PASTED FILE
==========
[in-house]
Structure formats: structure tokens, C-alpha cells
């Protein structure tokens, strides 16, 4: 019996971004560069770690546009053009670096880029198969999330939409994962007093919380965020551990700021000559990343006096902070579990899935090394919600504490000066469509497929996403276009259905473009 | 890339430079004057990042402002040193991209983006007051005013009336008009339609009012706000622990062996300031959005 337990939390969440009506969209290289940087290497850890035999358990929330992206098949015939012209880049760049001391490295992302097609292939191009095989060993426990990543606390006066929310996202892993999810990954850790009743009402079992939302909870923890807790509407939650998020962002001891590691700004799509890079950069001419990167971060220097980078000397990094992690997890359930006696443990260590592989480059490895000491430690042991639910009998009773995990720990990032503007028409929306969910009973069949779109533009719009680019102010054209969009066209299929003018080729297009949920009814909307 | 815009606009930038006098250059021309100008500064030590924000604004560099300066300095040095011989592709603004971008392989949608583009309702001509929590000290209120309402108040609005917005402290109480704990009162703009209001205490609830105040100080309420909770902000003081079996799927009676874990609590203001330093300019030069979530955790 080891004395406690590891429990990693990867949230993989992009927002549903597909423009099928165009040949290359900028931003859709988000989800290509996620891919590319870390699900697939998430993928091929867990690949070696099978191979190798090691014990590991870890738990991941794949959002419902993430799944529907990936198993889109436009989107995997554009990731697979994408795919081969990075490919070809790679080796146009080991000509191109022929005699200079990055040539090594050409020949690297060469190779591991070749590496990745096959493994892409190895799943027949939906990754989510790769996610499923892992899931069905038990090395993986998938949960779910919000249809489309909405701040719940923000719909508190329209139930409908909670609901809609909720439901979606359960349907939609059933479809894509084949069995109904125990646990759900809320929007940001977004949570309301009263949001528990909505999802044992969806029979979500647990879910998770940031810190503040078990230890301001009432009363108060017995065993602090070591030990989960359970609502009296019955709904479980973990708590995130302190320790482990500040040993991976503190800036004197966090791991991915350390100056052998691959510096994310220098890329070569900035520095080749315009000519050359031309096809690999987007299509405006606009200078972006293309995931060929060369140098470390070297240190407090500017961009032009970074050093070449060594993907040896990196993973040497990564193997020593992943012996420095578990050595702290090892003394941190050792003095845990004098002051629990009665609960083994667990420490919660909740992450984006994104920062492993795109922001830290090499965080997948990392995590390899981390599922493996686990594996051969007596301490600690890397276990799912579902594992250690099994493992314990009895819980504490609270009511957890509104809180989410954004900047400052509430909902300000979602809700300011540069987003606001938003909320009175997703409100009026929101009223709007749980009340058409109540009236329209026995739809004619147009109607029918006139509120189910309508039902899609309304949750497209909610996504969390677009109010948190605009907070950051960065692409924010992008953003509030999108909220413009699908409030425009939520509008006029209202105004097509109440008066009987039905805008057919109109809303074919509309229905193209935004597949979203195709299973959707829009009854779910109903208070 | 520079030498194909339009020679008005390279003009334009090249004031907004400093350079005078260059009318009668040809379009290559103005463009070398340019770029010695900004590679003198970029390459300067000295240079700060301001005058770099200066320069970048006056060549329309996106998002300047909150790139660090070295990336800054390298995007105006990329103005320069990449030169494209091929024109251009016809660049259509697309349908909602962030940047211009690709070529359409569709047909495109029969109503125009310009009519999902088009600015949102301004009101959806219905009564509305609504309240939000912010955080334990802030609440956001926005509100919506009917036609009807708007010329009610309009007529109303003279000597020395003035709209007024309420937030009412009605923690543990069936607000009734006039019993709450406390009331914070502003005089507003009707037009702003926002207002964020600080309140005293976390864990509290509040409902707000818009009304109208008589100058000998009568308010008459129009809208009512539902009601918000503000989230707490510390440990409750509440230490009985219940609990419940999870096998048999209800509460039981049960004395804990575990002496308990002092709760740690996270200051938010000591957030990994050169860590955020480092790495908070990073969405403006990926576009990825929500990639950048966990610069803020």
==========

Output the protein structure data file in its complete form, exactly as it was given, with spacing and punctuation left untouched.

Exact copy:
[in-house]
Structure formats: structure tokens, C-alpha cells
């Protein structure tokens, strides 16, 4: 019996971004560069770690546009053009670096880029198969999330939409994962007093919380965020551990700021000559990343006096902070579990899935090394919600504490000066469509497929996403276009259905473009 | 890339430079004057990042402002040193991209983006007051005013009336008009339609009012706000622990062996300031959005 337990939390969440009506969209290289940087290497850890035999358990929330992206098949015939012209880049760049001391490295992302097609292939191009095989060993426990990543606390006066929310996202892993999810990954850790009743009402079992939302909870923890807790509407939650998020962002001891590691700004799509890079950069001419990167971060220097980078000397990094992690997890359930006696443990260590592989480059490895000491430690042991639910009998009773995990720990990032503007028409929306969910009973069949779109533009719009680019102010054209969009066209299929003018080729297009949920009814909307 | 815009606009930038006098250059021309100008500064030590924000604004560099300066300095040095011989592709603004971008392989949608583009309702001509929590000290209120309402108040609005917005402290109480704990009162703009209001205490609830105040100080309420909770902000003081079996799927009676874990609590203001330093300019030069979530955790 080891004395406690590891429990990693990867949230993989992009927002549903597909423009099928165009040949290359900028931003859709988000989800290509996620891919590319870390699900697939998430993928091929867990690949070696099978191979190798090691014990590991870890738990991941794949959002419902993430799944529907990936198993889109436009989107995997554009990731697979994408795919081969990075490919070809790679080796146009080991000509191109022929005699200079990055040539090594050409020949690297060469190779591991070749590496990745096959493994892409190895799943027949939906990754989510790769996610499923892992899931069905038990090395993986998938949960779910919000249809489309909405701040719940923000719909508190329209139930409908909670609901809609909720439901979606359960349907939609059933479809894509084949069995109904125990646990759900809320929007940001977004949570309301009263949001528990909505999802044992969806029979979500647990879910998770940031810190503040078990230890301001009432009363108060017995065993602090070591030990989960359970609502009296019955709904479980973990708590995130302190320790482990500040040993991976503190800036004197966090791991991915350390100056052998691959510096994310220098890329070569900035520095080749315009000519050359031309096809690999987007299509405006606009200078972006293309995931060929060369140098470390070297240190407090500017961009032009970074050093070449060594993907040896990196993973040497990564193997020593992943012996420095578990050595702290090892003394941190050792003095845990004098002051629990009665609960083994667990420490919660909740992450984006994104920062492993795109922001830290090499965080997948990392995590390899981390599922493996686990594996051969007596301490600690890397276990799912579902594992250690099994493992314990009895819980504490609270009511957890509104809180989410954004900047400052509430909902300000979602809700300011540069987003606001938003909320009175997703409100009026929101009223709007749980009340058409109540009236329209026995739809004619147009109607029918006139509120189910309508039902899609309304949750497209909610996504969390677009109010948190605009907070950051960065692409924010992008953003509030999108909220413009699908409030425009939520509008006029209202105004097509109440008066009987039905805008057919109109809303074919509309229905193209935004597949979203195709299973959707829009009854779910109903208070 | 520079030498194909339009020679008005390279003009334009090249004031907004400093350079005078260059009318009668040809379009290559103005463009070398340019770029010695900004590679003198970029390459300067000295240079700060301001005058770099200066320069970048006056060549329309996106998002300047909150790139660090070295990336800054390298995007105006990329103005320069990449030169494209091929024109251009016809660049259509697309349908909602962030940047211009690709070529359409569709047909495109029969109503125009310009009519999902088009600015949102301004009101959806219905009564509305609504309240939000912010955080334990802030609440956001926005509100919506009917036609009807708007010329009610309009007529109303003279000597020395003035709209007024309420937030009412009605923690543990069936607000009734006039019993709450406390009331914070502003005089507003009707037009702003926002207002964020600080309140005293976390864990509290509040409902707000818009009304109208008589100058000998009568308010008459129009809208009512539902009601918000503000989230707490510390440990409750509440230490009985219940609990419940999870096998048999209800509460039981049960004395804990575990002496308990002092709760740690996270200051938010000591957030990994050169860590955020480092790495908070990073969405403006990926576009990825929500990639950048966990610069803020």